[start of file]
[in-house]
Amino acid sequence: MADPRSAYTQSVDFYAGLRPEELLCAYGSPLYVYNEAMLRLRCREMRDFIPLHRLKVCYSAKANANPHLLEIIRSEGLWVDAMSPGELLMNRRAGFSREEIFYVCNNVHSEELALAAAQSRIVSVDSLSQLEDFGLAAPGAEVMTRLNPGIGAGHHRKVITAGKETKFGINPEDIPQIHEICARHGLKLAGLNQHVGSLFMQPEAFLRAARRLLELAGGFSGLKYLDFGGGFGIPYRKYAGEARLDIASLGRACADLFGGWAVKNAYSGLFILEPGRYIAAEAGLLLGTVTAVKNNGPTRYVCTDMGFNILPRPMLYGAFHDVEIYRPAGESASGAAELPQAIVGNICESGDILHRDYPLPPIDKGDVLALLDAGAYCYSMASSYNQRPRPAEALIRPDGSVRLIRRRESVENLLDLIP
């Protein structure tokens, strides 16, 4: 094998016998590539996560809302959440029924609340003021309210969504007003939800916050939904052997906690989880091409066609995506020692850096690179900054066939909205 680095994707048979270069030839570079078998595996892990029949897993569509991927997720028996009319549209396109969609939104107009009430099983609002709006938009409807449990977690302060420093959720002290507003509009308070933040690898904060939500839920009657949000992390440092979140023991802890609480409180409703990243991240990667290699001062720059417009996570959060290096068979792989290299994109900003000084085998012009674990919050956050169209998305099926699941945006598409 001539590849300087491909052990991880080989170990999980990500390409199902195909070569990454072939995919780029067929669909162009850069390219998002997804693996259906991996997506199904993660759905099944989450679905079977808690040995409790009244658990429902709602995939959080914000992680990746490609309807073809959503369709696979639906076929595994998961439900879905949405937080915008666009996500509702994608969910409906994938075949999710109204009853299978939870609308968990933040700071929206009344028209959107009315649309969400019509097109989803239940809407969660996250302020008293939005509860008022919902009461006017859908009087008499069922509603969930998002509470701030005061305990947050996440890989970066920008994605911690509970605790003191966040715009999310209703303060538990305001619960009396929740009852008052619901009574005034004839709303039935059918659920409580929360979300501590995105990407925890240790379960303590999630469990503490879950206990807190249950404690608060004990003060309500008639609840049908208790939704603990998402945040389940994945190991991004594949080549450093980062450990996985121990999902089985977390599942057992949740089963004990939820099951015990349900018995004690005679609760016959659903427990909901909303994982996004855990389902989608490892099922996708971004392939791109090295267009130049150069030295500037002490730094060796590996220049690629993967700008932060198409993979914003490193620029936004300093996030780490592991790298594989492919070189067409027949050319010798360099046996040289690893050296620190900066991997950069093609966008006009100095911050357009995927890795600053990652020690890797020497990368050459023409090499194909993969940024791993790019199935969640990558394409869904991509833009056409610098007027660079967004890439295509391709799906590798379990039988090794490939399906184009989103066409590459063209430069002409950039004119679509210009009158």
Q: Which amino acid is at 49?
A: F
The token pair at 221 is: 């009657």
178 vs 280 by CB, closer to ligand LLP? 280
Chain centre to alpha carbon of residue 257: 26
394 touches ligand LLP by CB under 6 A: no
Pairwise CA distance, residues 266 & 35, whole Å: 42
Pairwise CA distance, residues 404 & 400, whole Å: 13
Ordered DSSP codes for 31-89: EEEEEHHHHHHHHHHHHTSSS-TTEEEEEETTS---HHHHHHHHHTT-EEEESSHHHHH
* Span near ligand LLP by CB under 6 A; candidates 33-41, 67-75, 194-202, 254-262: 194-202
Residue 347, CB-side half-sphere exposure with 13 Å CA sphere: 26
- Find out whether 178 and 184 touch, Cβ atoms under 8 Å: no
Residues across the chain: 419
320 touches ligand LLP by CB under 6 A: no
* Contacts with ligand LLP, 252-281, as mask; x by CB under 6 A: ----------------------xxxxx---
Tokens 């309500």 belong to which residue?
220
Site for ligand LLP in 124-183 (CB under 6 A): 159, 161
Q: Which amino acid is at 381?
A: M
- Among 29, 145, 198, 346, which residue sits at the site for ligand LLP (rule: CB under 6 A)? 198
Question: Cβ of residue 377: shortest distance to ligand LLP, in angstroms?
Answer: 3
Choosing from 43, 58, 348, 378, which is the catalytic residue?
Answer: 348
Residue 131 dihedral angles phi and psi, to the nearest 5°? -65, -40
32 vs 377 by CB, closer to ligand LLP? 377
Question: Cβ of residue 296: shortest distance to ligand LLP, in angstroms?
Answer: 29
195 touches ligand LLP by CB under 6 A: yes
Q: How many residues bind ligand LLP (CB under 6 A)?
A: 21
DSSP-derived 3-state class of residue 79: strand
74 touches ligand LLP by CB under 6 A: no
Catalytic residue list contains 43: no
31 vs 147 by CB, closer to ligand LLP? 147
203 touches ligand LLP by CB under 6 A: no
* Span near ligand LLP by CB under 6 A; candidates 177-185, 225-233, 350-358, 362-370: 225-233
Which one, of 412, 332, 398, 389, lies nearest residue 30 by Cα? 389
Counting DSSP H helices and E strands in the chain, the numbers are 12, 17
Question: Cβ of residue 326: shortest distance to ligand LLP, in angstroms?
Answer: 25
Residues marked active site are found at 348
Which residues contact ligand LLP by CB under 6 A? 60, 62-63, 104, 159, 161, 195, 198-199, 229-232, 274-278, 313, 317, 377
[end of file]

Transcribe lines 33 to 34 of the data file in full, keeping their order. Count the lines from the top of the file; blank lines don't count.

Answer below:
195 touches ligand LLP by CB under 6 A: yes
Q: How many residues bind ligand LLP (CB under 6 A)?